Scot Mussi, president of the Arizona Free Enterprise Club, wrote in a 2015 Arizona Republic column that the Arizona Department of Commerce calculated that in the final and fifth year of Arizona’s incentive program, “taxpayers shelled out over $2.6 million in tax credits to moviemakers, while only generating $600,000 in tax revenue for the state. It created no real permanent jobs, and the temporary jobs it did create were low paying.”

Tucson City Councilman Steve Kozachik, a strong proponent of incentives, suspects there may also be ideological reasons behind the Legislature’s resistance.

“The Republican Legislature in Phoenix has the notion that Hollywood is a leftist organization and they are not going to do anything to attract them here. I think that’s crap.”

Kozachik, whose brother Pete works as a film effects artist and animator, has been a big proponent of resuming the incentives.

After Arizona’s incentives expired at the end of 2010, Hall said she noticed a drop off immediately in interest in filming in Arizona. 

While trying to drum up business, she called a producer she had worked with before.

“He said  ‘I can get 30 percent of what I spend back in New Mexico. Can you give me that?’ and I said no,” she said.

“That’s the deal. That’s what happened as soon as the (Arizona) tax incentives went away. We lost the ability to be in the game for the big projects, for the TV series and the big features. When I say big, I mean $2 million or more. Smaller ones (film projects) also depend on that. That’s how they raise money. They say they are going to get 30 percent on one million dollars spent in New Mexico, and the bank will give them money,” she said.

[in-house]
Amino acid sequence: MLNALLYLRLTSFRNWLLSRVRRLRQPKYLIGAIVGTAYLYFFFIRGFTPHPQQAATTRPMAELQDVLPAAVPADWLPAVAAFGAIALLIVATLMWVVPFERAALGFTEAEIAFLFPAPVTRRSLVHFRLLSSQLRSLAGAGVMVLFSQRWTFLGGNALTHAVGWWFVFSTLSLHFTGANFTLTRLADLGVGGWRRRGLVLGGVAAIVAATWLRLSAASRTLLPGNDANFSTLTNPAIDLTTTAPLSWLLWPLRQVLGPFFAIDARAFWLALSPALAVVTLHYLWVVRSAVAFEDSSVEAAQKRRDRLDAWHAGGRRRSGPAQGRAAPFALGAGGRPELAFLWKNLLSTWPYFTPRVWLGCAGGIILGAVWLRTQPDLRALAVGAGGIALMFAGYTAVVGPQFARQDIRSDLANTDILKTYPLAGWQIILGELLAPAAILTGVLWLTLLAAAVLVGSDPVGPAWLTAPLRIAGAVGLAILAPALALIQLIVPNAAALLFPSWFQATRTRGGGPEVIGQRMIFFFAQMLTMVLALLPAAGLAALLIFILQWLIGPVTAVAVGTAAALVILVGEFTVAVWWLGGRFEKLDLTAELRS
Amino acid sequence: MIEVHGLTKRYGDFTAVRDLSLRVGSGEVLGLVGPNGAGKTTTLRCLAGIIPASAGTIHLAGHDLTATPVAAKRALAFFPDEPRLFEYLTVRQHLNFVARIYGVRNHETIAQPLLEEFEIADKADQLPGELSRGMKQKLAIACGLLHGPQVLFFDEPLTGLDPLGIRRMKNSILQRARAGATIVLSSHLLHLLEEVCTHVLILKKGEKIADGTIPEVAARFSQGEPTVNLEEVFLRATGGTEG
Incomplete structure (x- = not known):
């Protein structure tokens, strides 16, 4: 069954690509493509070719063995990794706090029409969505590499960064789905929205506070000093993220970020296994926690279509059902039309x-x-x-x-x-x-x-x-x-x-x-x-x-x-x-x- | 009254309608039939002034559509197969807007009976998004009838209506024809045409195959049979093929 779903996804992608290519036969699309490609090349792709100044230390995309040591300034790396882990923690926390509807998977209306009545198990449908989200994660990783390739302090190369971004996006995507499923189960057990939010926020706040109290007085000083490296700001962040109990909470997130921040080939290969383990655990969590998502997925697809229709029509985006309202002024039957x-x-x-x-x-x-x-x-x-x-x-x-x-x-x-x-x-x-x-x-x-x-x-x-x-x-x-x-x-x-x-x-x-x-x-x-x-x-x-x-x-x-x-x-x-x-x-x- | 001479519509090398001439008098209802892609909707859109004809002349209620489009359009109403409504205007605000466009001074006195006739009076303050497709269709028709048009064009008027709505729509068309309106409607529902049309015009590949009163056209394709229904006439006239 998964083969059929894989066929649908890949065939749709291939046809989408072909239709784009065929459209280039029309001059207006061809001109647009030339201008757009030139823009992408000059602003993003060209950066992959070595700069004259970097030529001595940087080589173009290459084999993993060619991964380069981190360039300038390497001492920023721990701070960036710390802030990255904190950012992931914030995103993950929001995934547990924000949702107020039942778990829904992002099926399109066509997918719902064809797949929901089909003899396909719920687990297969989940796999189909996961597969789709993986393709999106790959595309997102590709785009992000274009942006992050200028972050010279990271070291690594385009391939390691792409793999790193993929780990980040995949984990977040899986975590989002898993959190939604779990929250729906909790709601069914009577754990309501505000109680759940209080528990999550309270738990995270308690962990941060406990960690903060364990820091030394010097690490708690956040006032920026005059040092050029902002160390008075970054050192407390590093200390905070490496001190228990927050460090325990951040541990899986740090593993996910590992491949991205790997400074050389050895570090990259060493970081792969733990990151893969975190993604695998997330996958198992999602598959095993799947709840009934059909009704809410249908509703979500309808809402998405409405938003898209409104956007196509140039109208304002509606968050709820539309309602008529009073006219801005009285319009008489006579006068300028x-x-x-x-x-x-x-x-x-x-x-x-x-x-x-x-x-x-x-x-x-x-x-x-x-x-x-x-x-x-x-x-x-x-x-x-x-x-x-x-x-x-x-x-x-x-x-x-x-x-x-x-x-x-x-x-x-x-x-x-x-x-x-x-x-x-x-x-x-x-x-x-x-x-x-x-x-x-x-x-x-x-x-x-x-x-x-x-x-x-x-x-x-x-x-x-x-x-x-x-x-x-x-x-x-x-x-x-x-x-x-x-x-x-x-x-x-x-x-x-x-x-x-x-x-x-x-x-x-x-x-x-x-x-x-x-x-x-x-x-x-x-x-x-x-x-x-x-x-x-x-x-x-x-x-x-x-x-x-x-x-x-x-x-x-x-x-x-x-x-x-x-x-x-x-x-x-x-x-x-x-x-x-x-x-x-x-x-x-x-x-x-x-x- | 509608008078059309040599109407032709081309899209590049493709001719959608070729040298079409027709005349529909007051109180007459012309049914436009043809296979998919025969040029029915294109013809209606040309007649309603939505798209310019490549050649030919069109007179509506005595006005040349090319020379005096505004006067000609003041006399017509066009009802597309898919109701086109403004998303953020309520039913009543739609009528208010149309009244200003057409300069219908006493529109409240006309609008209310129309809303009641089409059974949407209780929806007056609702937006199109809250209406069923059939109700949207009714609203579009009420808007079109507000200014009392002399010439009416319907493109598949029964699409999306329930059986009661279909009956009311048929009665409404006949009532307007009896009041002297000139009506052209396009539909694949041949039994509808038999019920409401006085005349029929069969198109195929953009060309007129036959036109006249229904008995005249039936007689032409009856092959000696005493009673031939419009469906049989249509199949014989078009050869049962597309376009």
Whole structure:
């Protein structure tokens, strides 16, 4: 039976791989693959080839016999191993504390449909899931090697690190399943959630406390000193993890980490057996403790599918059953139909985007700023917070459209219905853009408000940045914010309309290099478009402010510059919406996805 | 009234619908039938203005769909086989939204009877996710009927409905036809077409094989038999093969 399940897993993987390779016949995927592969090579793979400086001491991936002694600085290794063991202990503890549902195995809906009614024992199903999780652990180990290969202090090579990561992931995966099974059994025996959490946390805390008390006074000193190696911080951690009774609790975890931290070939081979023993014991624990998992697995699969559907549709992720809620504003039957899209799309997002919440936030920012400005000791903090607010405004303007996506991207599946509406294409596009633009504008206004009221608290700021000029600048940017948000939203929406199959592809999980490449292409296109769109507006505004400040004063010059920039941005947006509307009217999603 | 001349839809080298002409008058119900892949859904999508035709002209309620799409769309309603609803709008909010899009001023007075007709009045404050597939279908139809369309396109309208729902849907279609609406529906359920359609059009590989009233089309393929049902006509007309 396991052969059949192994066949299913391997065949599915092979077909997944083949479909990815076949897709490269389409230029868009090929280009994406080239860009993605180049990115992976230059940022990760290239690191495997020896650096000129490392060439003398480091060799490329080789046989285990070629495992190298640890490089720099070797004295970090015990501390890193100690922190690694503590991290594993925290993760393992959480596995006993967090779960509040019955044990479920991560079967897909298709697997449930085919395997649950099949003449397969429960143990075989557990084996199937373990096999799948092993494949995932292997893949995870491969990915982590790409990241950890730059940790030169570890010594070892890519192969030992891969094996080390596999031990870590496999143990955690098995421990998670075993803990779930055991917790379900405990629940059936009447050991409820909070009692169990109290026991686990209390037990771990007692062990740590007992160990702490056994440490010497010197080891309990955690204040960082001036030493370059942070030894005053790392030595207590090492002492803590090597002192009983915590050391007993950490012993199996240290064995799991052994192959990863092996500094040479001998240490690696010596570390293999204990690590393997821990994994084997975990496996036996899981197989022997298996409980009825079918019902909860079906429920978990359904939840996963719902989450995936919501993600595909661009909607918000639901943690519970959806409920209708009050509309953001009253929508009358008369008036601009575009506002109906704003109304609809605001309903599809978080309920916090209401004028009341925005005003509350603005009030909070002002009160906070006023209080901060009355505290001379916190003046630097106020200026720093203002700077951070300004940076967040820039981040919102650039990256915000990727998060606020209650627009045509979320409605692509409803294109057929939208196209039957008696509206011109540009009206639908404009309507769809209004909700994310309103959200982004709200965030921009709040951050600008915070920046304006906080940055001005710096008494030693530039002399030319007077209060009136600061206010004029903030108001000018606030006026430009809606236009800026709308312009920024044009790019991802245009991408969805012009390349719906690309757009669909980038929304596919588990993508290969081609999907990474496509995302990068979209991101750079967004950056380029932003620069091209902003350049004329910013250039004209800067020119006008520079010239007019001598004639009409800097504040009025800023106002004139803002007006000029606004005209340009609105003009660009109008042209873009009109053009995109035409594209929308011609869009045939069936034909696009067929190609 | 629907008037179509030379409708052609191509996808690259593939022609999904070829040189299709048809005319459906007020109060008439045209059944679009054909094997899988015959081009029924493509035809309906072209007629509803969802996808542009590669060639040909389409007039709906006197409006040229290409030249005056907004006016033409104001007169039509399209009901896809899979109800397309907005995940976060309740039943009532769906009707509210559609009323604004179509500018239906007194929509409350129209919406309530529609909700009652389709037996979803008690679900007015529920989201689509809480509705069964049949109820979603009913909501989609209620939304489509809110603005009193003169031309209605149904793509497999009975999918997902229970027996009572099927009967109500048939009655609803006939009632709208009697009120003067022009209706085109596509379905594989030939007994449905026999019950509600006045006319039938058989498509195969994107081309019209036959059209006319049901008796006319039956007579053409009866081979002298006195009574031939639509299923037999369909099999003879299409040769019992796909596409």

Kozachik said there are definite economic benefits and he hopes lobbying can resume with the Legislature.

“They (film crews) are coming in and building sets. They stay in hotels. They rent cars. They have catering services. I mean it’s all of the above. It’s multiple sectors of the economy while the film is here shooting,” he said.

Hall, though, doesn't plan to lobby the Legislature, at least this fiscal year. "Yes, I believe it's a great industry but I don't believe this is the right time to take action at the state level. I am wholly focused on bringing business to Tucson and the southern Arizona region," she said.

Incentives are controversial

Two studies of state film incentives by the Price School of Public Policy concluded they are generally a bad investment because they have no sustained impact on wage growth and little effect on employment.

Crew members often come in from out of state and then leave when filming is done, the studies showed. Nor did they help states gain much, if any market share. The bulk of movie making remains strong in California and New York.

But Hall said that “the industry doesn’t put a lot of stock in that study by an assistant professor at USC. I have read so many studies in the past 10 years. You can have two studies in a state, and one says it (incentives) are good and the other says they don’t help. It depends what you are looking at.”